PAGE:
The three softwoods comprising the principal species in the spruce-pine-fir (SPF) species group share many common characteristics and properties, as well as the same native habitat in the montane, boreal and subalpine forest regions of British Columbia (B.C.) and Alberta. White spruce, Lodgepole pine and Alpine fir are all trees of medium size, averaging 30 metres in height and up to 80 centimetres in diameter. They are hardy trees, relatively slow-growing and yield high-grade timber with small, sound, tight knots. Well suited to the cold winters and hot summers that characterize the continental climate of their northern forest area, trees of the SPF group are the most abundant softwoods in Canada and the most commercially important. Forest reserves are estimated at more than 500 million cubic metres, and reforestation efforts already in place assure excellent continuity of supply over the long term.

Common exterior uses

Spruce-pine-fir's strength, light weight, ease of handling and good working properties have made it a popular wood for framing applications in all types of construction. Strong, stiff and stable, SPF is well-known and highly regarded not only in North America, but also in Europe and Japan. Readily available in a wide range of sizes and lengths, including finger jointed lengths up to 12 metres, it is an extremely versatile lumber for residential, commercial, industrial and agricultural buildings. SPF is a particular favourite with house builders, who appreciate its high structural performance as well as its pine appearance. The prefabrication industry is also a major user of SPF because of the wood's strength, dimensional stability and superior gluing properties. Manufacturers of modular houses, trusses and other structural components, regularly specify kiln-dried SPF as a wood they can rely on for consistent quality and ready availability in precise dimensions.
SPF Wood Properties

Appearances and properties

In contrast with other commercial softwoods, SPF is a distinctly white wood, with very little colour variation between springwood and summerwood. The wood has a bright, clean appearance, ranging in colour from white to pale yellow, with a pine straight grain and smooth texture. SPF has a high strength to weight ratio and is well known for its outstanding working properties. It takes and holds nails exceptionally well and is easily worked with hand power tools. It has good gluing, painting and staining properties. Lumber of this species group is seasoned uniformly in dry kilns to a moisture content of 19 percent or less. Kiln drying inhibits natural staining of the wood, improves its strength and stiffness, enhances its appearance, and also increases its resistance to decay and attack by insects. The drying process also improves the wood's dimensional stability, finishing qualities and thermal resistance while at the same time reducing shrinkage, warping and checking in storage.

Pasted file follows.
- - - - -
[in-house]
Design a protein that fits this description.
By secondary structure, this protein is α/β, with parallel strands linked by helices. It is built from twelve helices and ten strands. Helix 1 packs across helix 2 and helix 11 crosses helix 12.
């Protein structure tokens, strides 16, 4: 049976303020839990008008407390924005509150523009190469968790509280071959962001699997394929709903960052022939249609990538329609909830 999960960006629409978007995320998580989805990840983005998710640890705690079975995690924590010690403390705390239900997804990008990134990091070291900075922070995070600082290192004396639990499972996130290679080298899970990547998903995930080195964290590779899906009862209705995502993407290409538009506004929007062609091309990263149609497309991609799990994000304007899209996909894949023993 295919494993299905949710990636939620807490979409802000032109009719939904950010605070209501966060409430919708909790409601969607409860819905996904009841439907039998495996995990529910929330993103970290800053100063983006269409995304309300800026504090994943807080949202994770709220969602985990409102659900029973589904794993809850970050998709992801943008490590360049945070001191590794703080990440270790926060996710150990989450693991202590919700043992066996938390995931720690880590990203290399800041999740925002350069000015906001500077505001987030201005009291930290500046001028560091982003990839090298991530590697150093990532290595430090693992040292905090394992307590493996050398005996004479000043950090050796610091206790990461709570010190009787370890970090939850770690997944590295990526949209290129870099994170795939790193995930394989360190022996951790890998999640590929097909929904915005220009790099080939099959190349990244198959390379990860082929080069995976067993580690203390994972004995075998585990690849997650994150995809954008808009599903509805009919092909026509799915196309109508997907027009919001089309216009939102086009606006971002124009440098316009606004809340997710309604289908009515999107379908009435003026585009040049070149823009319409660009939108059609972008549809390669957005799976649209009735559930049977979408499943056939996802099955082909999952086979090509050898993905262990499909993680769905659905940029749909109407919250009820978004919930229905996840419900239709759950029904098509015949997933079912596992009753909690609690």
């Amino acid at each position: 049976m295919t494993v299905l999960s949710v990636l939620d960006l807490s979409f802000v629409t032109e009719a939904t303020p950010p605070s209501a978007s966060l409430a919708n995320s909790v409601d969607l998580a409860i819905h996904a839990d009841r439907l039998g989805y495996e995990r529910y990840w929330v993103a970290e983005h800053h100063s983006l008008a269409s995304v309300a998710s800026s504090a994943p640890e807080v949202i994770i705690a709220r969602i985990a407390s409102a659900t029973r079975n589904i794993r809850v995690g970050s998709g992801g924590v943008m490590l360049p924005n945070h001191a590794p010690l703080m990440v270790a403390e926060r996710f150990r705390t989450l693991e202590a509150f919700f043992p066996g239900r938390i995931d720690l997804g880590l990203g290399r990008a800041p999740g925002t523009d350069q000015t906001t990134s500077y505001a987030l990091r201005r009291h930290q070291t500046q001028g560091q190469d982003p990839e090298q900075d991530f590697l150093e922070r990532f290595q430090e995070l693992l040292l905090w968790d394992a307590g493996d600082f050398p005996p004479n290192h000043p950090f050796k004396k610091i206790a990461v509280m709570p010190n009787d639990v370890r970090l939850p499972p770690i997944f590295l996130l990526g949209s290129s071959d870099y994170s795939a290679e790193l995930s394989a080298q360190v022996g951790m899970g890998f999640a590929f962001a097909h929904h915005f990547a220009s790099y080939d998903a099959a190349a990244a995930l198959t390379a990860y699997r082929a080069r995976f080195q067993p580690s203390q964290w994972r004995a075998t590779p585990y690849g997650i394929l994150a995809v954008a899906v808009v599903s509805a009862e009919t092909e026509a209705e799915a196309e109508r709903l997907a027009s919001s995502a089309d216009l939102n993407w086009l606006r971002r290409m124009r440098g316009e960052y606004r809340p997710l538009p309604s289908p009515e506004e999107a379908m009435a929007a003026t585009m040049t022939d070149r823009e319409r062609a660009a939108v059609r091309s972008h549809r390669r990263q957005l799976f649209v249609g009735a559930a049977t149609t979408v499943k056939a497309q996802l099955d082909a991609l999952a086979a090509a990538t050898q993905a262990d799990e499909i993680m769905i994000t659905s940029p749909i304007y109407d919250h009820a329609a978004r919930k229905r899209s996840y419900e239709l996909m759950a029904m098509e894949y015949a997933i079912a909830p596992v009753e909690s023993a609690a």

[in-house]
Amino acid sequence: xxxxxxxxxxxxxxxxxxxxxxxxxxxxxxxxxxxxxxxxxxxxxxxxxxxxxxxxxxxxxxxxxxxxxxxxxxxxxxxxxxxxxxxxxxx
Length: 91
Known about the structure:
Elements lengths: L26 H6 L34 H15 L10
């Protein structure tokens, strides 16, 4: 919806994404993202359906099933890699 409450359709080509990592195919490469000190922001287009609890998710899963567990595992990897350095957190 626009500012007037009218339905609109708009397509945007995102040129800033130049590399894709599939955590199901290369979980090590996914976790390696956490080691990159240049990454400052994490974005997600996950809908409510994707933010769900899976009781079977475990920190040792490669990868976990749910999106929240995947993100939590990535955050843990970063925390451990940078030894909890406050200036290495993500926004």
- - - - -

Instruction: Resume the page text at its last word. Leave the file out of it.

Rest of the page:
SPF Lumber Canada

Physical properties

Spruce Pine Fir
Stiffness / MOE (MPa) Air dry 10000 10900 10200
Strength / MOR (MPa) Air dry 63 76 56
Density (KG/M3) Air dry 380 430 351
Compression Parallel (Mpa) Air dry 36.9 43.2 35.4
Shear (Mpa) Air dry 6.79 8.54 6.74
Shrinkage (air dried-12%) Tangential/radial ratio 2.2 1.4 2.8
Working Properties Title Process Performance Comments
White Spruce Machining Planing Very good Good planing quality; recommended planer settings: 12° or 20° hook angle and 20 kmpi (knife marks per inch)
Shaping Good Good shaping quality
Sanding Very good
Fastening Screwing Good Very good resistance to splitting
Nail retention Good Very good resistance to splitting
Gluing Average
Finishing Staining Good Good staining properties, a smooth finish is achieved; a natural finish (clear coat) or a light stain looks the best
Painting Average
Drying Ease of drying Good Spruce dries faster than pine and is not adversely affected by severe high-temperature schedules
Durablity Natural decay resistance Poor Not appropriate for prolonged outdoor exposure
Treatability Fair Can be improved by incising
Lodgepole pine Machining Planing Excellent Recommended planer settings: 20° hook angle and 8, 12, or 16 kmpi (knife marks per inch)
Shaping Good
Sanding Good
Fastening Screwing Average
Nail retention Average
Gluing Easy
Drying Ease of drying Good Few defects expected except in the most extreme cases
Durablity Natural decay resistance Poor Not appropriate for prolonged outdoor exposure
Treatability Fair Can be improved by incising
Alpine Fir Machining Planing Good Recommended planer settings: 20° hook angle and 8, 12, or 16 kmpi (knife marks per inch)
Sawing Good
Shaping Good
Sanding Good
Fastening Screwing Average
Nail retention Average
Gluing Easy Bonds very easily with adhesives of a wide range of properties and under a wide range of bonding conditions
Staining Easy Smooth finish with little texture, dark stain can highlight prominent wild grain; recommended: light-coloured stains with low penetration power will produce a more even colour
Finishing Painting Average to good
Drying Ease of drying Good Few defects expected except in the most extreme cases
Durablity Natural decay resistance Fair Not appropriate for prolonged outdoor exposure
Treatability Poor Can be improved by incising